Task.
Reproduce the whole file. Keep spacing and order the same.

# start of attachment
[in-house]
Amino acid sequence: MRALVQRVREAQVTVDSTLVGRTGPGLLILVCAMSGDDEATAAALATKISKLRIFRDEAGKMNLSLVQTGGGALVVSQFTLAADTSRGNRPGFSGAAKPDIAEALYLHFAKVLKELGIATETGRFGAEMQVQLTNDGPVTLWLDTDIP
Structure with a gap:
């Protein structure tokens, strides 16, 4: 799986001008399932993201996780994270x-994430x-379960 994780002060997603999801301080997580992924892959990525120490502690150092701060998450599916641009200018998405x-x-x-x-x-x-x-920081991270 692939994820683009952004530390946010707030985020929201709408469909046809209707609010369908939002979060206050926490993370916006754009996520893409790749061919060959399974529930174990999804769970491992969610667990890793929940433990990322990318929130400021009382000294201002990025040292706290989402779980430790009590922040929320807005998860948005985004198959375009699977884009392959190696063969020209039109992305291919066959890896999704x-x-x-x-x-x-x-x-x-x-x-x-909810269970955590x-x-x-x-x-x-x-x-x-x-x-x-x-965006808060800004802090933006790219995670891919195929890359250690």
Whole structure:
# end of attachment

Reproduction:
[in-house]
Amino acid sequence: MRALVQRVREAQVTVDSTLVGRTGPGLLILVCAMSGDDEATAAALATKISKLRIFRDEAGKMNLSLVQTGGGALVVSQFTLAADTSRGNRPGFSGAAKPDIAEALYLHFAKVLKELGIATETGRFGAEMQVQLTNDGPVTLWLDTDIP
Structure with a gap:
């Protein structure tokens, strides 16, 4: 799986001008399932993201996780994270x-994430x-379960 994780002060997603999801301080997580992924892959990525120490502690150092701060998450599916641009200018998405x-x-x-x-x-x-x-920081991270 692939994820683009952004530390946010707030985020929201709408469909046809209707609010369908939002979060206050926490993370916006754009996520893409790749061919060959399974529930174990999804769970491992969610667990890793929940433990990322990318929130400021009382000294201002990025040292706290989402779980430790009590922040929320807005998860948005985004198959375009699977884009392959190696063969020209039109992305291919066959890896999704x-x-x-x-x-x-x-x-x-x-x-x-909810269970955590x-x-x-x-x-x-x-x-x-x-x-x-x-965006808060800004802090933006790219995670891919195929890359250690």
Whole structure: